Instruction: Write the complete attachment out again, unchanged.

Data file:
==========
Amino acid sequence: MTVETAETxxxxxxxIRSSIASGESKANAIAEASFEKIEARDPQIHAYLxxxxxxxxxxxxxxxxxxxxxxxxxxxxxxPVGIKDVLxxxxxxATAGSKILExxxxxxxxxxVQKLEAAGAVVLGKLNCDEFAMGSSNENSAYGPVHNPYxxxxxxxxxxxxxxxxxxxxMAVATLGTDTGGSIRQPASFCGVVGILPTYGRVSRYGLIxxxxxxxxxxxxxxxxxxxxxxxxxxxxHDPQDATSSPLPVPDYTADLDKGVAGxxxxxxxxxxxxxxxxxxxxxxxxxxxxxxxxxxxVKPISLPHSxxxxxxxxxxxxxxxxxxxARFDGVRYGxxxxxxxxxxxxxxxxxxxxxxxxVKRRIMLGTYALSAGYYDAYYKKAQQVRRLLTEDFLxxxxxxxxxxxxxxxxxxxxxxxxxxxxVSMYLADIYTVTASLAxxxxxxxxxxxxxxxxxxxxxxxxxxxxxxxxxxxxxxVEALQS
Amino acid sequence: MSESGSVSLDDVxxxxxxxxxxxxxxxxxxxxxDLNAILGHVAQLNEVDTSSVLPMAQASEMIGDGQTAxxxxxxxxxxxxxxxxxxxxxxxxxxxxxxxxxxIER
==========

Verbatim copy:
Amino acid sequence: MTVETAETxxxxxxxIRSSIASGESKANAIAEASFEKIEARDPQIHAYLxxxxxxxxxxxxxxxxxxxxxxxxxxxxxxPVGIKDVLxxxxxxATAGSKILExxxxxxxxxxVQKLEAAGAVVLGKLNCDEFAMGSSNENSAYGPVHNPYxxxxxxxxxxxxxxxxxxxxMAVATLGTDTGGSIRQPASFCGVVGILPTYGRVSRYGLIxxxxxxxxxxxxxxxxxxxxxxxxxxxxHDPQDATSSPLPVPDYTADLDKGVAGxxxxxxxxxxxxxxxxxxxxxxxxxxxxxxxxxxxVKPISLPHSxxxxxxxxxxxxxxxxxxxARFDGVRYGxxxxxxxxxxxxxxxxxxxxxxxxVKRRIMLGTYALSAGYYDAYYKKAQQVRRLLTEDFLxxxxxxxxxxxxxxxxxxxxxxxxxxxxVSMYLADIYTVTASLAxxxxxxxxxxxxxxxxxxxxxxxxxxxxxxxxxxxxxxVEALQS
Amino acid sequence: MSESGSVSLDDVxxxxxxxxxxxxxxxxxxxxxDLNAILGHVAQLNEVDTSSVLPMAQASEMIGDGQTAxxxxxxxxxxxxxxxxxxxxxxxxxxxxxxxxxxIER